Once you have the database attached you can specify it by that name in the ASP.NET SQL Server Registration Tool, either through the drop-down list in the wizard or via the command-line. Speaking of the command-line, you can also attach a database to the SQL Server 2005 Express Edition instance via the sqlcmd command-line program, if Management Studio and pointing and clicking just aren't your thing. See my blog entry Working With SQL Server 2005 Express Databases for more information.

    Telling the Membership Providers to Use Your Application's Existing Database


    With the membership-related schema merged into your application's existing database, you're ready to start having the membership-related queries directed to your database as opposed to ASPNETDB.MDF. However, the default SQL Server Membership providers - SqlMembershipProvider, SqlRoleProvider, SqlProfileProvider, and so on - all want to use ASPNETDB.MDF and will send all queries there. To remedy this, we need to add our own provider instances in Web.config that use our existing database and make these providers the default Membership providers.

    As we saw in Part 1 of this article series, the provider information can be configured through Web.config. To customize both the membership and roles providers to use our existing database for membership queries rather than ASPNETDB.MDF, we'd use something like:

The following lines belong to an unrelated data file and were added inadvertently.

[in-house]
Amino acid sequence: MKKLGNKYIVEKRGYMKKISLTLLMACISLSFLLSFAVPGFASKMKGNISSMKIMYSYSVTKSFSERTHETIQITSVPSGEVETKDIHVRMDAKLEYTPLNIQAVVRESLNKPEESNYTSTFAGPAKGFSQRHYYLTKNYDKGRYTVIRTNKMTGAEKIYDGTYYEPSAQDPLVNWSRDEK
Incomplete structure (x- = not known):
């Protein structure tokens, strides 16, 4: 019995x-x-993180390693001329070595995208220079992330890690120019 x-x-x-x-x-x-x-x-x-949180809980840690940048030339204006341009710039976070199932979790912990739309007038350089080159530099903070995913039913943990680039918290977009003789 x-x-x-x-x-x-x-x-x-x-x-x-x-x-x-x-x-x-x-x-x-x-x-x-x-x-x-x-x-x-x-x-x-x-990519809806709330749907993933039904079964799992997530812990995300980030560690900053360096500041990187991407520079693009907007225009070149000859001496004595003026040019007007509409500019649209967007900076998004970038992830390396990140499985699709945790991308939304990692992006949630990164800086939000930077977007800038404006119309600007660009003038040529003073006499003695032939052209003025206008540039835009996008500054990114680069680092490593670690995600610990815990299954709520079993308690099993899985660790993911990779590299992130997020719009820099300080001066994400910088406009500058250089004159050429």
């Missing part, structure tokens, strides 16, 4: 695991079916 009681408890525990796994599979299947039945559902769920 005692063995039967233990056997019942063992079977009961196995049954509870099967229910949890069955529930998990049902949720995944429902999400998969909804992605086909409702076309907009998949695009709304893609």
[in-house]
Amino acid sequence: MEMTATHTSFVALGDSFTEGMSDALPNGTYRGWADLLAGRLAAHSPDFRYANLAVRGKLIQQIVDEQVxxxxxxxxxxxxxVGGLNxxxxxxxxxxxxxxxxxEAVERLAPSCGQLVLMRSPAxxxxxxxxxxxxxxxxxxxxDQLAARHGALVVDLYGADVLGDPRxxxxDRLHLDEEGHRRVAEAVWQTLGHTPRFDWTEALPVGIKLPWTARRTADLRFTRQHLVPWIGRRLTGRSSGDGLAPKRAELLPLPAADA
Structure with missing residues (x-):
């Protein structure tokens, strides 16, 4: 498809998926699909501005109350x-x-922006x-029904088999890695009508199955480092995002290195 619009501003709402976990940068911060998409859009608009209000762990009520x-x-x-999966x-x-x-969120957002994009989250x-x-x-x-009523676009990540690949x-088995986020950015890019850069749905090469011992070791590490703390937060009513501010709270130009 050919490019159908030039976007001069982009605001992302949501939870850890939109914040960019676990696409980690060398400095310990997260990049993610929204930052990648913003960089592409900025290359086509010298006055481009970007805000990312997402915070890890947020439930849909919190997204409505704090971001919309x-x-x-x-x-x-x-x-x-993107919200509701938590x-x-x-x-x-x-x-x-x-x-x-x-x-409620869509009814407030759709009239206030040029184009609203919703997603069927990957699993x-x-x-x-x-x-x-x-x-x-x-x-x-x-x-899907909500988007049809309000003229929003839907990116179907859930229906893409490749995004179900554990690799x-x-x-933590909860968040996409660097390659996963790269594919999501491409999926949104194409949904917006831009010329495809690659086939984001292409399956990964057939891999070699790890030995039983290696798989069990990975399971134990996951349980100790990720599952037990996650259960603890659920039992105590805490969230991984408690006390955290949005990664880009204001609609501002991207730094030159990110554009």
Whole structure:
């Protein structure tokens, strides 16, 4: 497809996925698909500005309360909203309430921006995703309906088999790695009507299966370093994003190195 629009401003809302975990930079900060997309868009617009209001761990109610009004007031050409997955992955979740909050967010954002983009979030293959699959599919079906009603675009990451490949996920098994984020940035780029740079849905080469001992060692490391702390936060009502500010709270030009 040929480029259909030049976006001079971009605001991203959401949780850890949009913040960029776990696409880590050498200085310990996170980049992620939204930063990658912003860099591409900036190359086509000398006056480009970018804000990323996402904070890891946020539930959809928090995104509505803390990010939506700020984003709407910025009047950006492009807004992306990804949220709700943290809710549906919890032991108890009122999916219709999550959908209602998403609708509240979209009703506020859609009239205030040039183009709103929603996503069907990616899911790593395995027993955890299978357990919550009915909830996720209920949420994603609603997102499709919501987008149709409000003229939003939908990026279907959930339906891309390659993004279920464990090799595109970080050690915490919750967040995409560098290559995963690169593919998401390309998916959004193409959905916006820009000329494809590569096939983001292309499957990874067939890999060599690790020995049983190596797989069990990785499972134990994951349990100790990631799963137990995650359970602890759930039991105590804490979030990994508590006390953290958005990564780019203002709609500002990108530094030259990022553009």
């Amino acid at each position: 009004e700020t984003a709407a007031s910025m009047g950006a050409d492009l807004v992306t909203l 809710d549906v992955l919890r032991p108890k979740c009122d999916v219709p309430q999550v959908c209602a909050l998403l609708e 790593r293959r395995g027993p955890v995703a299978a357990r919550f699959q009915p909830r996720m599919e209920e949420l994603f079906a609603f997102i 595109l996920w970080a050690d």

<configuration>
      <connectionStrings>
         <add name="MyDB" connectionString="..." />
      </connectionStrings>
      <system.web>
        ... authentication & authorization settings ...
    
        <roleManager enabled="true"
                     defaultProvider="CustomizedRoleProvider">
          <providers>
             <add name="CustomizedRoleProvider"
                  type="System.Web.Security.SqlRoleProvider"
                  connectionStringName="MyDB" />
          </providers>
        </roleManager>
    
        <membership defaultProvider="CustomizedMembershipProvider">
          <providers>
             <add name="CustomizedMembershipProvider"
                  type="System.Web.Security.SqlMembershipProvider"
                  connectionStringName="MyDB" />
          </providers>
        </membership>
    
      </system.web>
    </configuration>